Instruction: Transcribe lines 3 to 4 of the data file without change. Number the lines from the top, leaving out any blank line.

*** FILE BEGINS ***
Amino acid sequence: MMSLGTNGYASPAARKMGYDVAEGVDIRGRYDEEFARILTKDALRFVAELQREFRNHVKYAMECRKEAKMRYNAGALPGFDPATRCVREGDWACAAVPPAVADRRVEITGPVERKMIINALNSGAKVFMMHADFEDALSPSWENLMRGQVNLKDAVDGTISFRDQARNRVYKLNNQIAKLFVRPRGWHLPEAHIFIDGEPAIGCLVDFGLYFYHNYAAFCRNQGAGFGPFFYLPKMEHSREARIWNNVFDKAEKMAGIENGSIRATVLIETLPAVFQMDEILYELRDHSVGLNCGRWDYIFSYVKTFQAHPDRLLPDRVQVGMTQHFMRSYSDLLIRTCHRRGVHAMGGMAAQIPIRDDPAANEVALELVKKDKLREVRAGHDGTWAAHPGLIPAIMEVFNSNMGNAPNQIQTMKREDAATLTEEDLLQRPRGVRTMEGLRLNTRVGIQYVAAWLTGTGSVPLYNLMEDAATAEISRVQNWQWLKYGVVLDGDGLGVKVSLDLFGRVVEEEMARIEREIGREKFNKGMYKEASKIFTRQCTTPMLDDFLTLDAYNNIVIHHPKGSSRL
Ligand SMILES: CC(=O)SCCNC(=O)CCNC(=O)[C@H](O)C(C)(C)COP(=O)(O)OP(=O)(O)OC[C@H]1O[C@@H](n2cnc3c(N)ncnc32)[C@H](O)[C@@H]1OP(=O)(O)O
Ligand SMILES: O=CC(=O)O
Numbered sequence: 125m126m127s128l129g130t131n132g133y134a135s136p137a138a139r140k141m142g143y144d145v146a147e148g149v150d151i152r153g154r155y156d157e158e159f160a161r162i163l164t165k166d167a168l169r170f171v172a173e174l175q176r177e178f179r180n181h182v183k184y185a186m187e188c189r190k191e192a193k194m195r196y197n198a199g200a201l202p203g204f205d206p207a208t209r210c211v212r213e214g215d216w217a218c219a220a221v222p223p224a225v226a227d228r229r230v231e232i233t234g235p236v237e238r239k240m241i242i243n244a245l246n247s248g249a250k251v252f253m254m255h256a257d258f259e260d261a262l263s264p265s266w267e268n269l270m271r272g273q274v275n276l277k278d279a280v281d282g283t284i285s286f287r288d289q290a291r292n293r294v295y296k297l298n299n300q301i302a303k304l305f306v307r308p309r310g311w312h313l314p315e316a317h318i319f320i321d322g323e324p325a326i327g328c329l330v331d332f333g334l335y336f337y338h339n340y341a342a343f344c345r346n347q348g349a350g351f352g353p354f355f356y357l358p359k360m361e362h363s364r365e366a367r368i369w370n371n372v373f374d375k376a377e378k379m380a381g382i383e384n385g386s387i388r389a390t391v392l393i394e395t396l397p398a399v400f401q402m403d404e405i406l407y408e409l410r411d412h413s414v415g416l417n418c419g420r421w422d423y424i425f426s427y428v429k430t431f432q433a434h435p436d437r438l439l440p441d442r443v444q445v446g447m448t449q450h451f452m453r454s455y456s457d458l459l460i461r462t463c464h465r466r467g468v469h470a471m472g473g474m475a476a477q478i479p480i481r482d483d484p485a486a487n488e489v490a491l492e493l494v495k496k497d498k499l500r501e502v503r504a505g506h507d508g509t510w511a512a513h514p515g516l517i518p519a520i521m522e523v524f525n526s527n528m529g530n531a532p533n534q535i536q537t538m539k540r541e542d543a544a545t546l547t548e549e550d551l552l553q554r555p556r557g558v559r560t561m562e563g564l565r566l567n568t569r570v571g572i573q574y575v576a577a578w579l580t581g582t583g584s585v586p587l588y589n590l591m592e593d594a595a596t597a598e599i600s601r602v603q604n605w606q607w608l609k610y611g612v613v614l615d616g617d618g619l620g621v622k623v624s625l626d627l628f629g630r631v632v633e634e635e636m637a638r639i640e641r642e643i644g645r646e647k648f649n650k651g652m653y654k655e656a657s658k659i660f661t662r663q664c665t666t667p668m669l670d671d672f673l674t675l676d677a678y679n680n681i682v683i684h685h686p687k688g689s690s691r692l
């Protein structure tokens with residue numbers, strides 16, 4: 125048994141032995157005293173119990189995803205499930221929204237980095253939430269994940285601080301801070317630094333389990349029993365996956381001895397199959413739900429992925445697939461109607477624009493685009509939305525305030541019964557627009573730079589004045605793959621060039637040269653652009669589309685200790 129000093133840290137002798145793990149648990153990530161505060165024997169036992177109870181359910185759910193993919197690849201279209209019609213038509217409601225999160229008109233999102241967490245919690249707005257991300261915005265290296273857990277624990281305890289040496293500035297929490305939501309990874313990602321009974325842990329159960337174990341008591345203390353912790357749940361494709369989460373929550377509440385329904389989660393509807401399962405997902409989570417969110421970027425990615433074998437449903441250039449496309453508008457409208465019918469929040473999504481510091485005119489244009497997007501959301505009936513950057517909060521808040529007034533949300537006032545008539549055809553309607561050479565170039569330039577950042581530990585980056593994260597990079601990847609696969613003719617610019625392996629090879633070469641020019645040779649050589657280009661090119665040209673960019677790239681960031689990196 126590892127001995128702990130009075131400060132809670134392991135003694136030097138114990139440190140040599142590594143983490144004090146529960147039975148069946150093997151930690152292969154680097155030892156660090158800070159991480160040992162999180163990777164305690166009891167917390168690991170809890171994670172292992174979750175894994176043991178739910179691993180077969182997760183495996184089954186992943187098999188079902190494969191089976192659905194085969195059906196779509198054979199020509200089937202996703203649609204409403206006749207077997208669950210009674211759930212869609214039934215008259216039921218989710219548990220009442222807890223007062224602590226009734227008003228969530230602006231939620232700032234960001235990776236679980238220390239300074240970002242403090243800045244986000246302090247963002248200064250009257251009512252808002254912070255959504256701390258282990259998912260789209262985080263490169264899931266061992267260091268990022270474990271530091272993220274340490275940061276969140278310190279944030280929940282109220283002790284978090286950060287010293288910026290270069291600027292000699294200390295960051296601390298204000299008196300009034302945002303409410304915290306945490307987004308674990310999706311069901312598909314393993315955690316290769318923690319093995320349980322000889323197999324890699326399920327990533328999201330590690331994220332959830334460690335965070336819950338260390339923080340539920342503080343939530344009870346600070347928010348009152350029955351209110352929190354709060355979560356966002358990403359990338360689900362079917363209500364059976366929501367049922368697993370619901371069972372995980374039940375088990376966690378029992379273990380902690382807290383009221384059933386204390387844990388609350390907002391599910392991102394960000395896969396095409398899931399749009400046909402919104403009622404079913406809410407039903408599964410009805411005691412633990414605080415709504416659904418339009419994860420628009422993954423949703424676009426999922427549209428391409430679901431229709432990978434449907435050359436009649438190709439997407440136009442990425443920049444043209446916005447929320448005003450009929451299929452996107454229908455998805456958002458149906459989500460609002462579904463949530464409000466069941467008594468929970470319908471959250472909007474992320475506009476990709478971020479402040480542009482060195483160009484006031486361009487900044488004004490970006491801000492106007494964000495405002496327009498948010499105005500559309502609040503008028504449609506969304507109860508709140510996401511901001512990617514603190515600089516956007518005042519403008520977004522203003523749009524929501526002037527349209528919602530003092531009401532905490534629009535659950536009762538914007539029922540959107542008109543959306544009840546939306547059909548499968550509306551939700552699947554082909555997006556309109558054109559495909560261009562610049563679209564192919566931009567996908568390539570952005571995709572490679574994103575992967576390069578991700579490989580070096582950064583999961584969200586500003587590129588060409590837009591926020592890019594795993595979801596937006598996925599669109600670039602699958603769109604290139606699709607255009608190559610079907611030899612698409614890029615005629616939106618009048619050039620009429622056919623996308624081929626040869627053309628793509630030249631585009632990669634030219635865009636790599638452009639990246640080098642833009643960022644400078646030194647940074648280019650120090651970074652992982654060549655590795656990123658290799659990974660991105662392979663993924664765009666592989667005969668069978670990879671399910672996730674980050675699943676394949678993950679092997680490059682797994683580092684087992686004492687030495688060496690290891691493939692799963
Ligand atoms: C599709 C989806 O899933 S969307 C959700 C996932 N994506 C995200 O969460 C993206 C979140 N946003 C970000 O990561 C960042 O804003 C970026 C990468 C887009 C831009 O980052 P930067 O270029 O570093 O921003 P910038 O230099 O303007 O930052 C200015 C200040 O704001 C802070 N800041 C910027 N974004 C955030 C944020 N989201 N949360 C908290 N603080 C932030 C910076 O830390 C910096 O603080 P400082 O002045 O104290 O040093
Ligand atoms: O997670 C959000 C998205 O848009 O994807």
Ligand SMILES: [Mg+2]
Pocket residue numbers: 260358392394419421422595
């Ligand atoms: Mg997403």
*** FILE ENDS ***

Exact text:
Ligand SMILES: O=CC(=O)O
Numbered sequence: 125m126m127s128l129g130t131n132g133y134a135s136p137a138a139r140k141m142g143y144d145v146a147e148g149v150d151i152r153g154r155y156d157e158e159f160a161r162i163l164t165k166d167a168l169r170f171v172a173e174l175q176r177e178f179r180n181h182v183k184y185a186m187e188c189r190k191e192a193k194m195r196y197n198a199g200a201l202p203g204f205d206p207a208t209r210c211v212r213e214g215d216w217a218c219a220a221v222p223p224a225v226a227d228r229r230v231e232i233t234g235p236v237e238r239k240m241i242i243n244a245l246n247s248g249a250k251v252f253m254m255h256a257d258f259e260d261a262l263s264p265s266w267e268n269l270m271r272g273q274v275n276l277k278d279a280v281d282g283t284i285s286f287r288d289q290a291r292n293r294v295y296k297l298n299n300q301i302a303k304l305f306v307r308p309r310g311w312h313l314p315e316a317h318i319f320i321d322g323e324p325a326i327g328c329l330v331d332f333g334l335y336f337y338h339n340y341a342a343f344c345r346n347q348g349a350g351f352g353p354f355f356y357l358p359k360m361e362h363s364r365e366a367r368i369w370n371n372v373f374d375k376a377e378k379m380a381g382i383e384n385g386s387i388r389a390t391v392l393i394e395t396l397p398a399v400f401q402m403d404e405i406l407y408e409l410r411d412h413s414v415g416l417n418c419g420r421w422d423y424i425f426s427y428v429k430t431f432q433a434h435p436d437r438l439l440p441d442r443v444q445v446g447m448t449q450h451f452m453r454s455y456s457d458l459l460i461r462t463c464h465r466r467g468v469h470a471m472g473g474m475a476a477q478i479p480i481r482d483d484p485a486a487n488e489v490a491l492e493l494v495k496k497d498k499l500r501e502v503r504a505g506h507d508g509t510w511a512a513h514p515g516l517i518p519a520i521m522e523v524f525n526s527n528m529g530n531a532p533n534q535i536q537t538m539k540r541e542d543a544a545t546l547t548e549e550d551l552l553q554r555p556r557g558v559r560t561m562e563g564l565r566l567n568t569r570v571g572i573q574y575v576a577a578w579l580t581g582t583g584s585v586p587l588y589n590l591m592e593d594a595a596t597a598e599i600s601r602v603q604n605w606q607w608l609k610y611g612v613v614l615d616g617d618g619l620g621v622k623v624s625l626d627l628f629g630r631v632v633e634e635e636m637a638r639i640e641r642e643i644g645r646e647k648f649n650k651g652m653y654k655e656a657s658k659i660f661t662r663q664c665t666t667p668m669l670d671d672f673l674t675l676d677a678y679n680n681i682v683i684h685h686p687k688g689s690s691r692l